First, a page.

quantum effects on very narrow gates and when it goes beyond the use of copper as an interconnect. In other words, it now funds longer-range, mission-oriented research in universities aimed at solving particular R&D problems.

Concluding Points on a National Initiative . . .

Dr. Wessner recalled Dr. Spencer’s reference to “selling” SEMATECH when the industry, despite its military importance, was under great threat. Members of the optoelectronics industry also face the challenge of trying to sell an opportunity and a somewhat distant threat.

A second issue is the desire to form quickly a U.S. consortium to help U.S firms become competitive in the global market. In today’s global economy the major lighting companies are international, and consortia tend to be international as well. SEMATECH solved that in two stages, moving from a national to an international stance. One could argue in favor of forming an international consortium once a position of strength has been achieved.

He reemphasized the importance of industry leadership and persistence. During the mid-1980s, the government was opposed to the idea of SEMATECH, and a sustained effort by Clark McFadden and many others from the private and public sector was required to convince government leaders to support a partnership.

A final challenge is how to create a new industry for general lighting in parallel with a second effort to transform building and architectural lighting. Again, the initiative of private industry in providing funds for the Semiconductor Research Corporation may be relevant. Although the private sector should not be alone in taking such initiatives, it may be that innovations must begin there.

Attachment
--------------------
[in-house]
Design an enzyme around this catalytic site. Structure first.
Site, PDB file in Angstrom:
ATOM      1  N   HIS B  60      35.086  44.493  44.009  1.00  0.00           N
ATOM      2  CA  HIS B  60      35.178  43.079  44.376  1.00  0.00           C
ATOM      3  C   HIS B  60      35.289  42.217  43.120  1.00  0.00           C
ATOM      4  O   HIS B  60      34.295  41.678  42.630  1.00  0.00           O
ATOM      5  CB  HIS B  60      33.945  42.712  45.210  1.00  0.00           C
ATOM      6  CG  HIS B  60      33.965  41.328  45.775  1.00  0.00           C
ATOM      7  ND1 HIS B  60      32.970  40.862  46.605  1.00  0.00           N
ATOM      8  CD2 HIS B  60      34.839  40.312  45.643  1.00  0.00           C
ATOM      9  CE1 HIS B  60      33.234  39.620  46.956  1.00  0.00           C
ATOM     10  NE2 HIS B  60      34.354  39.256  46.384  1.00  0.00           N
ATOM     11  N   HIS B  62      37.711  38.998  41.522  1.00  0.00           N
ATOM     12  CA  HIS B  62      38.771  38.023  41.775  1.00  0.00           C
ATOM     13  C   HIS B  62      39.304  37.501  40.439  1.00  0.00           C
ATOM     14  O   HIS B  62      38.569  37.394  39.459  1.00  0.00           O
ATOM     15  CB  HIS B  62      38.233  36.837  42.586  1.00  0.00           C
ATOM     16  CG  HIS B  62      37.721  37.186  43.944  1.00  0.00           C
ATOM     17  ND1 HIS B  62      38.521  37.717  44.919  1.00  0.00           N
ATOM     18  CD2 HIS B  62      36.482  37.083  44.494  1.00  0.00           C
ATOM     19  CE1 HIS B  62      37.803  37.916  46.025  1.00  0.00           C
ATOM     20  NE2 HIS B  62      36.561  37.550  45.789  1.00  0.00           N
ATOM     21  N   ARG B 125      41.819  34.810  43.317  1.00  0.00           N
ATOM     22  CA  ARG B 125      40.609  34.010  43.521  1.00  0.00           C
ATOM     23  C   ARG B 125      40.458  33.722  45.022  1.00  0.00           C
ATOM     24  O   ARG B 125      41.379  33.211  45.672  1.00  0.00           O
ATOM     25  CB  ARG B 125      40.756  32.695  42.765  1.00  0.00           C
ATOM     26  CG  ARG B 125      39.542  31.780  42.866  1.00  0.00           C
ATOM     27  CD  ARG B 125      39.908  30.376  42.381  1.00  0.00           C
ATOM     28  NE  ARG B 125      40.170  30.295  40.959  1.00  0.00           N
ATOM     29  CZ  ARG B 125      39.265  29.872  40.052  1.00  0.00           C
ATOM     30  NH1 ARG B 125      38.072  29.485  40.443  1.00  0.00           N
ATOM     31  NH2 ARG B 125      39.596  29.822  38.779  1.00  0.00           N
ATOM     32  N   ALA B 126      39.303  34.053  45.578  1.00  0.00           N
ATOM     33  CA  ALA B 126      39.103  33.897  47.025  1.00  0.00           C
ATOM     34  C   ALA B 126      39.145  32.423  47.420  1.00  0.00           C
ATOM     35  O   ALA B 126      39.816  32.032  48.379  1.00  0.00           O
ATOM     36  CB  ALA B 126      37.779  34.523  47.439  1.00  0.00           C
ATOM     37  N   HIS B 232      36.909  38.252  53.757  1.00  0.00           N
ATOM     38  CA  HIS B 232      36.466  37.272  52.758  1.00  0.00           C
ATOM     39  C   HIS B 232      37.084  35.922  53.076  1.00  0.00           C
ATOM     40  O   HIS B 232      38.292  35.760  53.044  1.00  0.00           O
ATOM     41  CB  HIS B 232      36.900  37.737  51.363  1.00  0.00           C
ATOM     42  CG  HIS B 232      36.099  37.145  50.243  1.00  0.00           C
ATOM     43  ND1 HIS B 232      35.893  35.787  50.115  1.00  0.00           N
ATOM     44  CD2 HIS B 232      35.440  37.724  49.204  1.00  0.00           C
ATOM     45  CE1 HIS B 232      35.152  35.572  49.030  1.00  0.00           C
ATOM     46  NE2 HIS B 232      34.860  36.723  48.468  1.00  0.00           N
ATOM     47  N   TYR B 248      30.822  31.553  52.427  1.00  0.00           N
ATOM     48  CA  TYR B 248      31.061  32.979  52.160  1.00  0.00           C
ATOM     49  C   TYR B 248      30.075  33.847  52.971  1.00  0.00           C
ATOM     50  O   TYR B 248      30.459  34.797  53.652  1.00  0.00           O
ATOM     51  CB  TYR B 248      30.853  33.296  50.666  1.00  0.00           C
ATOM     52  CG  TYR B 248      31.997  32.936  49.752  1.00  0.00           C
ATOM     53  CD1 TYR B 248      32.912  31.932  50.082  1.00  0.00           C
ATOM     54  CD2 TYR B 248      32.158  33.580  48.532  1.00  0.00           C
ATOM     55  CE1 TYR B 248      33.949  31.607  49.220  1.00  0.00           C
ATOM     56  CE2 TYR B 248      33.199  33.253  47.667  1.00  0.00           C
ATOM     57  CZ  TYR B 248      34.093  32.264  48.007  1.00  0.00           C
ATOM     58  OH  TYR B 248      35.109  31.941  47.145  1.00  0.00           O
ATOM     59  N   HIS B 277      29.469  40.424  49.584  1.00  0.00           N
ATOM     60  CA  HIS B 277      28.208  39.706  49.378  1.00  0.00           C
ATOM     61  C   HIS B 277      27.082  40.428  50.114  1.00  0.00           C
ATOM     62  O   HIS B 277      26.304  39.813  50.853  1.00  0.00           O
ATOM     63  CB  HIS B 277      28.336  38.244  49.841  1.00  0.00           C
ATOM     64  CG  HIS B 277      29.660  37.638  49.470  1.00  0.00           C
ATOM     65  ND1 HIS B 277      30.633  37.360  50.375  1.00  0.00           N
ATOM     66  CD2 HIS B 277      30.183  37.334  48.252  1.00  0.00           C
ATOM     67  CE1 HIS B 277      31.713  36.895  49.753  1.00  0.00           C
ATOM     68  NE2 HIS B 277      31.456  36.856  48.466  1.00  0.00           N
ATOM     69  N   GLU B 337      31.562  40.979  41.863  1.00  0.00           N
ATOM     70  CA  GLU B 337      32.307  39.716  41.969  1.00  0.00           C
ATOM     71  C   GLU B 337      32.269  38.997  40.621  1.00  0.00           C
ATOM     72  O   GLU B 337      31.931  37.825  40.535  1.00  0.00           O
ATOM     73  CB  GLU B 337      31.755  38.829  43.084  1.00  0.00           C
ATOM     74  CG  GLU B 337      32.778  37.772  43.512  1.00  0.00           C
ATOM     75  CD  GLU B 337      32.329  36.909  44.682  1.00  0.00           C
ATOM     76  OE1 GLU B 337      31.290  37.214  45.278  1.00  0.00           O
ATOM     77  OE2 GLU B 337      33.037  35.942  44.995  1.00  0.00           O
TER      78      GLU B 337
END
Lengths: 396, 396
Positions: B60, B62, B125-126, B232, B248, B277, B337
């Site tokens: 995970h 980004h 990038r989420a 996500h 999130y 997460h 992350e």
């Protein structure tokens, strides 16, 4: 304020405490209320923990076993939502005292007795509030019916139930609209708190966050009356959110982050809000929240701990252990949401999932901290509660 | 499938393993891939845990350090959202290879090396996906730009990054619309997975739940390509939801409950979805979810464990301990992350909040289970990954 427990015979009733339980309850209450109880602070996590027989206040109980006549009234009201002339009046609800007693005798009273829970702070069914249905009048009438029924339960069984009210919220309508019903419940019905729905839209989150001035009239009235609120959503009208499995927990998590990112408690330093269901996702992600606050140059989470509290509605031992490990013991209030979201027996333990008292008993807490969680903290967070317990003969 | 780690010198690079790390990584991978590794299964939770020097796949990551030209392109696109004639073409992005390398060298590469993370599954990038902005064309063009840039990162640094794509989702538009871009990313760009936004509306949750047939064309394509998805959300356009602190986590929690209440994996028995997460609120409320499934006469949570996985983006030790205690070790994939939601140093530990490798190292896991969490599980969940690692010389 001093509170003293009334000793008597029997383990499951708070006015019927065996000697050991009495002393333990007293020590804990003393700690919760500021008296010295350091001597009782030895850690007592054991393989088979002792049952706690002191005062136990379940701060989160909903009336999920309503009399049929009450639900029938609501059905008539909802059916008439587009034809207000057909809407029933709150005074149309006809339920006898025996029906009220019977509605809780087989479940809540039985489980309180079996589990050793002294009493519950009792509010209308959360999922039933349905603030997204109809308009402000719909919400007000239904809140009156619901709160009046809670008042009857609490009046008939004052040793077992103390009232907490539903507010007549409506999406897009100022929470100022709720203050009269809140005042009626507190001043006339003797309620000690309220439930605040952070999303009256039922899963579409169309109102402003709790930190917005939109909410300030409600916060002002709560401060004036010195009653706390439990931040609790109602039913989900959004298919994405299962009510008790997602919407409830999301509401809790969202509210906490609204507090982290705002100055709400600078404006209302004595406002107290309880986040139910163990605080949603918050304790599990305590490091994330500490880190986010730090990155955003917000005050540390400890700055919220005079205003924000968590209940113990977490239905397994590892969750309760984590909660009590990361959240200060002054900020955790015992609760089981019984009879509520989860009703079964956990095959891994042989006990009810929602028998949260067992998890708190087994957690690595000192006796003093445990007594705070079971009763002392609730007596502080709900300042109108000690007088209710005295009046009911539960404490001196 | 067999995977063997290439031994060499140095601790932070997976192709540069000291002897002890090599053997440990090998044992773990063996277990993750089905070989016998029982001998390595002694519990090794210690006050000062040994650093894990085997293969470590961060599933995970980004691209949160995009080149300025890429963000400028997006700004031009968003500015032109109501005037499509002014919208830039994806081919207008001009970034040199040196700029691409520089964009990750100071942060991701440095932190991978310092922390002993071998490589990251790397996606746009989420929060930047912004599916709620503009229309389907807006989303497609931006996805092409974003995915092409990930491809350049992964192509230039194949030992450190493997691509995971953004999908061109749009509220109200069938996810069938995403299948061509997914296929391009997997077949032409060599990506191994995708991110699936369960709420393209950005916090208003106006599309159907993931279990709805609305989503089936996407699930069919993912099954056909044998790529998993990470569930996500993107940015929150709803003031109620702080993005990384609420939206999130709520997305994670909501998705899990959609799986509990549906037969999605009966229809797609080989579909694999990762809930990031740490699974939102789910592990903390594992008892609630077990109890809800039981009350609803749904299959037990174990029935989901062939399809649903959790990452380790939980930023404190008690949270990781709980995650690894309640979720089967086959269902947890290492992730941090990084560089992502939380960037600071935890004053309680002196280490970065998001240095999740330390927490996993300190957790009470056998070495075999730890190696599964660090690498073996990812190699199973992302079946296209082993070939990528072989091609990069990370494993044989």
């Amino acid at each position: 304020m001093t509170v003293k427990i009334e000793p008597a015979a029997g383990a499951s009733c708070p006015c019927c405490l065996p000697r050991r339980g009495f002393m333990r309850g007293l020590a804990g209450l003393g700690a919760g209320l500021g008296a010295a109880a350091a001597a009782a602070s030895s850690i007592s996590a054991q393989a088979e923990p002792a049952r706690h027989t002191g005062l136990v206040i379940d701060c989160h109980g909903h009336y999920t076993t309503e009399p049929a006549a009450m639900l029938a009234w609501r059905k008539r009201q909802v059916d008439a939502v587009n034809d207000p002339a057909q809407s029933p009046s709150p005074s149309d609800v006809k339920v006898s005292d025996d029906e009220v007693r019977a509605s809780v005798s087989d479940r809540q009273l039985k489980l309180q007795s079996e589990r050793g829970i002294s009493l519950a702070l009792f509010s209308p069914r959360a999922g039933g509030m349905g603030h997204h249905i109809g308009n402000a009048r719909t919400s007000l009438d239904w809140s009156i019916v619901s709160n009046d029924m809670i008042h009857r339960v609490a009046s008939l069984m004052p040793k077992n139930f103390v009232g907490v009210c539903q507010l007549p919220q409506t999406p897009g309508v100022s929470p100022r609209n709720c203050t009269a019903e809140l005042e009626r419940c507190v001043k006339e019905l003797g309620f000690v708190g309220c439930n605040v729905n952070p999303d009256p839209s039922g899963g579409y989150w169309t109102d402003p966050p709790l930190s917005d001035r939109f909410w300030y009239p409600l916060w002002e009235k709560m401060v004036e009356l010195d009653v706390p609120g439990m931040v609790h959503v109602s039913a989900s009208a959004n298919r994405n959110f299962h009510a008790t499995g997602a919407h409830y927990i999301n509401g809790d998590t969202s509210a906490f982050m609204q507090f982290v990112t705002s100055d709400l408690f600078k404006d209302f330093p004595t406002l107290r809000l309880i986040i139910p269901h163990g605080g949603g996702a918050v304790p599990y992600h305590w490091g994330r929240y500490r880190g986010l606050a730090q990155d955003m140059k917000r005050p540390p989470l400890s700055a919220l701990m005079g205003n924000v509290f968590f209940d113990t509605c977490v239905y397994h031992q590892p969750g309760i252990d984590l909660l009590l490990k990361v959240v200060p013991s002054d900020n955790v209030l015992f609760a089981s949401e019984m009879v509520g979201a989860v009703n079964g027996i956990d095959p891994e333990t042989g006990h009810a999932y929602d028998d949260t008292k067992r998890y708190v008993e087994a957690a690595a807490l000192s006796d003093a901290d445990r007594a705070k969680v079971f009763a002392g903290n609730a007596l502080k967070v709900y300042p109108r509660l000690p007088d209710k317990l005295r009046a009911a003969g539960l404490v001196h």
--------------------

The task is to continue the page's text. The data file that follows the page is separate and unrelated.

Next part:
. . . and a Final Note of Optimism

Dr. Spencer echoed a point made earlier by Dr. Trimble. A governmentindustry partnership is best shaped by not restricting the natural innovative energy of private firms. Valuable collaborations can be created between ongoing research programs in government labs and federally funded, university-based R&D. He suggested a strong effort to leverage programs that now exist and to include private funding mechanisms, including venture capital firms. He concluded the symposium on a note of optimism, suggesting that both the private and government sectors had showed the ability and willingness to create the productive collaborations needed to bring solid-state lighting to a far larger marketplace.



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